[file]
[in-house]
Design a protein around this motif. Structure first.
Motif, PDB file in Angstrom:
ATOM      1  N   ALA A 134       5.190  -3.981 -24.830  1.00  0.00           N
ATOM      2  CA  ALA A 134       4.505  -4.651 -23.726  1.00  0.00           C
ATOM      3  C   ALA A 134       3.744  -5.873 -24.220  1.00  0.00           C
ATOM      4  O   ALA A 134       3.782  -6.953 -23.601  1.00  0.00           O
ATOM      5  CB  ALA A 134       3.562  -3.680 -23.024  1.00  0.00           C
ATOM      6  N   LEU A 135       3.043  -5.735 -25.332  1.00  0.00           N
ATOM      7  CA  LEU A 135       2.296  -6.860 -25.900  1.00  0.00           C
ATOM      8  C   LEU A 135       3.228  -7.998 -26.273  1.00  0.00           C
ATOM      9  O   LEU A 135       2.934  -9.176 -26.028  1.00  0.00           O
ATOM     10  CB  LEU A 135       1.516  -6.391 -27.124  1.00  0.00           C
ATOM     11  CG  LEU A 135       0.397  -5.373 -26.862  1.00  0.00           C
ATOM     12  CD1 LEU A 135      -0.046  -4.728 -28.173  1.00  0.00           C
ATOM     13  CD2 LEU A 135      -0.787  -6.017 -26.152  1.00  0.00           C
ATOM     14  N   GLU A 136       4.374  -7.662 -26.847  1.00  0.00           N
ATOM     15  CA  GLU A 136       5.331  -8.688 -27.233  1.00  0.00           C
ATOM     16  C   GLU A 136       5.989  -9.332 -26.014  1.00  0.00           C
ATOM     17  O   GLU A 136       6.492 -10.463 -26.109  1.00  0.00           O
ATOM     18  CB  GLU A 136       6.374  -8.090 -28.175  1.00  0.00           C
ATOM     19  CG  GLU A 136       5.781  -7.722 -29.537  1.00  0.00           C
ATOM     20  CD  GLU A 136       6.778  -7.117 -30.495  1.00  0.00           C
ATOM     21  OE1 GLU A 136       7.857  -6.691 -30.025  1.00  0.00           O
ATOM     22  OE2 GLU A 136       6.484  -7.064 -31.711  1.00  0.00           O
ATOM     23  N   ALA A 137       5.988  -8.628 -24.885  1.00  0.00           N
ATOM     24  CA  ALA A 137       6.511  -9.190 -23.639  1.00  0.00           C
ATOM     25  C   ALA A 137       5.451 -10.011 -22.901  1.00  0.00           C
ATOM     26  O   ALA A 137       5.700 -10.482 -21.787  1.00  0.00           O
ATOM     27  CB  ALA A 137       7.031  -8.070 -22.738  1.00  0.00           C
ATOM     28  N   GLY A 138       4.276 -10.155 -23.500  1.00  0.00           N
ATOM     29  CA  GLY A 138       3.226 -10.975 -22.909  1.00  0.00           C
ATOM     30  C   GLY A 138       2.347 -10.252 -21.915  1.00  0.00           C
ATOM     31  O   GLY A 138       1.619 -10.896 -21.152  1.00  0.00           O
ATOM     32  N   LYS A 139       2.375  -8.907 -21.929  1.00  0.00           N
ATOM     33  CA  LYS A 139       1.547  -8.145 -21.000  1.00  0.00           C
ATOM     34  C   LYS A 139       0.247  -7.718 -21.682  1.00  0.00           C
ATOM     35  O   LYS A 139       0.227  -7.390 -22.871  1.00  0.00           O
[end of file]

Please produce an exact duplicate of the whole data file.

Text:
[in-house]
Design a protein around this motif. Structure first.
Motif, PDB file in Angstrom:
ATOM      1  N   ALA A 134       5.190  -3.981 -24.830  1.00  0.00           N
ATOM      2  CA  ALA A 134       4.505  -4.651 -23.726  1.00  0.00           C
ATOM      3  C   ALA A 134       3.744  -5.873 -24.220  1.00  0.00           C
ATOM      4  O   ALA A 134       3.782  -6.953 -23.601  1.00  0.00           O
ATOM      5  CB  ALA A 134       3.562  -3.680 -23.024  1.00  0.00           C
ATOM      6  N   LEU A 135       3.043  -5.735 -25.332  1.00  0.00           N
ATOM      7  CA  LEU A 135       2.296  -6.860 -25.900  1.00  0.00           C
ATOM      8  C   LEU A 135       3.228  -7.998 -26.273  1.00  0.00           C
ATOM      9  O   LEU A 135       2.934  -9.176 -26.028  1.00  0.00           O
ATOM     10  CB  LEU A 135       1.516  -6.391 -27.124  1.00  0.00           C
ATOM     11  CG  LEU A 135       0.397  -5.373 -26.862  1.00  0.00           C
ATOM     12  CD1 LEU A 135      -0.046  -4.728 -28.173  1.00  0.00           C
ATOM     13  CD2 LEU A 135      -0.787  -6.017 -26.152  1.00  0.00           C
ATOM     14  N   GLU A 136       4.374  -7.662 -26.847  1.00  0.00           N
ATOM     15  CA  GLU A 136       5.331  -8.688 -27.233  1.00  0.00           C
ATOM     16  C   GLU A 136       5.989  -9.332 -26.014  1.00  0.00           C
ATOM     17  O   GLU A 136       6.492 -10.463 -26.109  1.00  0.00           O
ATOM     18  CB  GLU A 136       6.374  -8.090 -28.175  1.00  0.00           C
ATOM     19  CG  GLU A 136       5.781  -7.722 -29.537  1.00  0.00           C
ATOM     20  CD  GLU A 136       6.778  -7.117 -30.495  1.00  0.00           C
ATOM     21  OE1 GLU A 136       7.857  -6.691 -30.025  1.00  0.00           O
ATOM     22  OE2 GLU A 136       6.484  -7.064 -31.711  1.00  0.00           O
ATOM     23  N   ALA A 137       5.988  -8.628 -24.885  1.00  0.00           N
ATOM     24  CA  ALA A 137       6.511  -9.190 -23.639  1.00  0.00           C
ATOM     25  C   ALA A 137       5.451 -10.011 -22.901  1.00  0.00           C
ATOM     26  O   ALA A 137       5.700 -10.482 -21.787  1.00  0.00           O
ATOM     27  CB  ALA A 137       7.031  -8.070 -22.738  1.00  0.00           C
ATOM     28  N   GLY A 138       4.276 -10.155 -23.500  1.00  0.00           N
ATOM     29  CA  GLY A 138       3.226 -10.975 -22.909  1.00  0.00           C
ATOM     30  C   GLY A 138       2.347 -10.252 -21.915  1.00  0.00           C
ATOM     31  O   GLY A 138       1.619 -10.896 -21.152  1.00  0.00           O
ATOM     32  N   LYS A 139       2.375  -8.907 -21.929  1.00  0.00           N
ATOM     33  CA  LYS A 139       1.547  -8.145 -21.000  1.00  0.00           C
ATOM     34  C   LYS A 139       0.247  -7.718 -21.682  1.00  0.00           C
ATOM     35  O   LYS A 139       0.227  -7.390 -22.871  1.00  0.00           O